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After Series Of Anti-Semitic Incidents, Brooklyn Community Leaders Launch New Initiative Against Hate Crimes

NEW YORK (CBSNewYork) - Community leaders in Brooklyn announced a new initiative Tuesday aimed at preventing hate crimes.

It comes after a number of anti-Semitic attacks recently.

Surveillance video shows three strangers throwing eggs at a 38-year-old woman and some kids in Borough Park.

"There's a sense of intimidation that people are trying to affect by this kind of activity," Rabbi Eli Cohen said.

Over the weekend, there were at least four attacks on the Jewish community. In one incident, you see boys running up behind a mother and a child, hurling eggs at them before taking off.

Watch: Eric Adams, Community Leaders Announce New Initiative Against Hate Crimes

"The anti-Jewish comments on the subway stations, on buildings, on cars, on vehicles, we've all witnessed this and we cannot remain silent," said Brooklyn Borough President Eric Adams.

According to the Anti-Defamation League, Brooklyn alone experienced nearly 100 incidents of anti-Semitic violence, harassment and vandalism in 2018, so it's saying enough is enough.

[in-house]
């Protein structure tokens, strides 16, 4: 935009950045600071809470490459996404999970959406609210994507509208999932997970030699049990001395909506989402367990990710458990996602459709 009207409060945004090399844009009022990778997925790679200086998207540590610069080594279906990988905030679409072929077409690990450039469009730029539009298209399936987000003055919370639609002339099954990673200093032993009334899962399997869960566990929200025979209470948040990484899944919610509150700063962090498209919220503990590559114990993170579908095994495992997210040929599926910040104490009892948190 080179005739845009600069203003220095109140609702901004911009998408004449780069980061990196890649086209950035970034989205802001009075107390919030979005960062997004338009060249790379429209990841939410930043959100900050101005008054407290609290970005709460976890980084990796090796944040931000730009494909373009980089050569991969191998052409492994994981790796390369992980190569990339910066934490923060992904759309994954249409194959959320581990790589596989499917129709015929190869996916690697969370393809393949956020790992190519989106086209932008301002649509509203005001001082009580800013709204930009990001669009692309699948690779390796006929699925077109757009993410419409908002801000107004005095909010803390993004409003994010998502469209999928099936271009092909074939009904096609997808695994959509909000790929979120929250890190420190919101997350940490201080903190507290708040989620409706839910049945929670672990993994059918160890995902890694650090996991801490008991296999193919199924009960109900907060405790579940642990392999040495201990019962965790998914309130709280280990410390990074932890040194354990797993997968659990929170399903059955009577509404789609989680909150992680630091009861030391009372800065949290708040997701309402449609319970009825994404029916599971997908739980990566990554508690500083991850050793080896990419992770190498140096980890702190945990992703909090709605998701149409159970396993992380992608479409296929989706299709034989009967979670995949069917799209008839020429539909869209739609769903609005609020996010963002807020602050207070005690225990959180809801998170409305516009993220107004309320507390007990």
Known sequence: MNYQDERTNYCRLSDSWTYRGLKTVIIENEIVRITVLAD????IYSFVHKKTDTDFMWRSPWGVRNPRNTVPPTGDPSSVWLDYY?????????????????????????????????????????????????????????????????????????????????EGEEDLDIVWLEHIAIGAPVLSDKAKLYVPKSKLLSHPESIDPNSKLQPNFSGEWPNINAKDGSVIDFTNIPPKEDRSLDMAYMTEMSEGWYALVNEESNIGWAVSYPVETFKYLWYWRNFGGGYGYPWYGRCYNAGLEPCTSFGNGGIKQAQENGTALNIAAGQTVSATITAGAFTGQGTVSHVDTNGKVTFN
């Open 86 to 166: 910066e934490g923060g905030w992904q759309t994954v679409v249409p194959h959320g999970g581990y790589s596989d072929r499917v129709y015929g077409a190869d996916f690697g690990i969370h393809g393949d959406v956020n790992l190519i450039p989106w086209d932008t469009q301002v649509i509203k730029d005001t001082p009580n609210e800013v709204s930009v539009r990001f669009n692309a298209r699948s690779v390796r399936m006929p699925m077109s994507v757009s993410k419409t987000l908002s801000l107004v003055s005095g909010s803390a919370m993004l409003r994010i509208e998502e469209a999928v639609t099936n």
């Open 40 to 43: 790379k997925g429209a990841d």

"ADL will be doubling the number of Brooklyn schools involved in our groundbreaking 'No Place for Hate' program," said John Greenblatt, CEO of the Anti-Defamation League.

That program announced Tuesday at Brooklyn Borough Hall is focused on educating Brooklyn public and private school students in grades K-12 on the importance of tolerance and inclusion.

Last year, ADL's program reached 22 schools. With this new quarter million dollar investment, it hopes to reach as many as 40 this school year.

Officials say they have the potential to reach an additional 10,000 students within the borough's public schools.

It's a big reach, but one that doesn't guarantee a drop in hate crime reports.

"I think we have to start someplace and this is a wonderful beginning. Where it will lead, we don't know, but we have to try our best," said Rabbi Leonard Blank, Director of Chapel Commission and External Affairs for Rabbinical Alliance of America.

An investment with the hope that Brooklyn will one day really become "No Place for Hate."

The NYPD says it has deployed additional officers to the neighborhood.

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